The entertaining article, “The Many Lives of Superstition” (Observer, October 2008), promotes an erroneous interpretation of superstitious behavior by attributing it to accidental pairings of a response with a reinforcing stimulus (i.e., response-reinforcer contiguity). This is the explanation of superstition proposed by Skinner (1948) to account for the idiosyncratic behavior of his pigeons in a now-classic experiment. Although this explanation has intuitive appeal, it is incorrect. As subsequent research has shown, contiguity is not sufficient for learning, and the behavior contiguous with reinforcement isn’t idiosyncratic after all. Contiguity, accidental pairings of a response with a reinforcer, is not sufficient for superstitious behavior to develop. This has been demonstrated by numerous experiments that have inserted “free” reinforcers between pairings of response and reinforcer (e.g., Hammond, 1980). That is, if the probability of the reinforcer is equally likely following a response as when no response occurs, then superstitious responding does not occur. Why should it? Because, according to the contiguity view, the number of response-reinforcer coincidences remains the same. However, this view overlooks the fact that, in the “free” reinforcer experiment, the “contingency” between response and reinforcer has been eliminated. That is, learning only occurs when a response increases the probability of reinforcement relative to that probability when no response occurs. If key pecking or lever pressing or turning in a circle or wing flapping doesn’t increase the probability of food delivery compared to when these responses are not made, then these responses don’t occur reliably.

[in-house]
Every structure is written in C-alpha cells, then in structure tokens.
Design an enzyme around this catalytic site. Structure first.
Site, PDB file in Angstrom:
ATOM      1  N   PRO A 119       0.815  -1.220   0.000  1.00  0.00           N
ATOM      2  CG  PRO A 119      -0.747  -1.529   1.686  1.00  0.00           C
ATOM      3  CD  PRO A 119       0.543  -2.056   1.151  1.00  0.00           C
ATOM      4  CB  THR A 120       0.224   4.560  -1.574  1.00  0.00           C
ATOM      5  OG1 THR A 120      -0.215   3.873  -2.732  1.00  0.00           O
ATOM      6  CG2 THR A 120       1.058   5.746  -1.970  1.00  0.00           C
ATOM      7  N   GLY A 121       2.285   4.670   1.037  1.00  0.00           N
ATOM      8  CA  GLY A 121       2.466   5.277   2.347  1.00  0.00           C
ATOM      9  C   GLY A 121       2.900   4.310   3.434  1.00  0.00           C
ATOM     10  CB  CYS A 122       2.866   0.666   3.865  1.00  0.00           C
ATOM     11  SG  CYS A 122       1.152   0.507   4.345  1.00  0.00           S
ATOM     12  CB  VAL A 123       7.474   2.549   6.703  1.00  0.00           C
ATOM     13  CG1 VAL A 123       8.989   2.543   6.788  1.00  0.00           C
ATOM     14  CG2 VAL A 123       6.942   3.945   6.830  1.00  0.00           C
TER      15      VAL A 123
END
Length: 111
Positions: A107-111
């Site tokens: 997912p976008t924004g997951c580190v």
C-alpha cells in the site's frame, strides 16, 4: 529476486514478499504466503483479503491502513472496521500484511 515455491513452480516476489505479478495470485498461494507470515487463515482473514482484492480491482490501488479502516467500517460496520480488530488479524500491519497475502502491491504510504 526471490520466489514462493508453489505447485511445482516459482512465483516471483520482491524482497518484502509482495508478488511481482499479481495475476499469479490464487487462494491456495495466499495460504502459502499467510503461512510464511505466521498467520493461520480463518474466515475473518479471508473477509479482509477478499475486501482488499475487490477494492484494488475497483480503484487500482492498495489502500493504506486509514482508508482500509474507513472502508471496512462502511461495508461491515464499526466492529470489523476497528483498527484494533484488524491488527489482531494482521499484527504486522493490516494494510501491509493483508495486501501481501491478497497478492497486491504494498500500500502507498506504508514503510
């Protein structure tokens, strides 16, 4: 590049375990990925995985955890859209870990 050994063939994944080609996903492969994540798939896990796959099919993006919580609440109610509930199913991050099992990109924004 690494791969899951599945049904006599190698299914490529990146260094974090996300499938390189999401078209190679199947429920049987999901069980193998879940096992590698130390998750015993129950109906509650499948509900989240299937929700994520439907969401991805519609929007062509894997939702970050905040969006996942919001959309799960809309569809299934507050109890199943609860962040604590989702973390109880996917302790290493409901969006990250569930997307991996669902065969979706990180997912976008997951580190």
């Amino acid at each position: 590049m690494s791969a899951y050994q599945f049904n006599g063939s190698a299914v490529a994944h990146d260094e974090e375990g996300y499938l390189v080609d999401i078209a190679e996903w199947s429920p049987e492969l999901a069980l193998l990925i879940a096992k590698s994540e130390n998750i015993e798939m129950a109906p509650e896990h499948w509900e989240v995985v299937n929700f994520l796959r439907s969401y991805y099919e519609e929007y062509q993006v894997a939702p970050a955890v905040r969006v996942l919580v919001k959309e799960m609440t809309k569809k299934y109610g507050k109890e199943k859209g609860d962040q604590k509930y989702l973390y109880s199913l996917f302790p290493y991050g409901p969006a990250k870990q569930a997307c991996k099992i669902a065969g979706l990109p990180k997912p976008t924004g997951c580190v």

What about the idiosyncratic nature of the responses Skinner observed? It turns out that, upon a close examination of the pigeons’ behavior, the responses weren’t very idiosyncratic after all. In Skinner’s experiment, food was programmed to occur at regular intervals without regard to the animal’s behavior. Under these conditions, Skinner observed that each pigeon developed a different response in the chamber, which he attributed to adventitious reinforcement of those responses. However, replications of the experiment by other investigators (e.g., Staddon & Simmelhag, 1971) who kept detailed records of the pigeon throughout the experiment observed that, at the time of food presentation, all pigeons behaved in the same way – not idiosyncratically at all. That is, around the time of programmed food delivery, all pigeons pecked in anticipation of food delivery. Why? Because that is what pigeons are biologically predisposed to do when food is imminent. The birds had learned to expect food because it was presented at regular intervals (i.e., Pavlovian temporal conditioning) and so they pecked. However, in the intervals between food deliveries, each bird engaged in idiosyncratic “interim behavior.” Interim behavior was not the result of the pairing of food with responding since food and the interim behaviors were not coincident. Rather these idiosyncratic behaviors occurred at times when the probability of reinforcement was low (e.g., just after a reinforcer) and pecking was not occurring. Although we don’t know precisely why pigeons engage in interim activities (cf., Staddon and Simmelhag 1971), we do know that it’s not the result of adventitious reinforcement. In other words, it’s not “superstitious” behavior.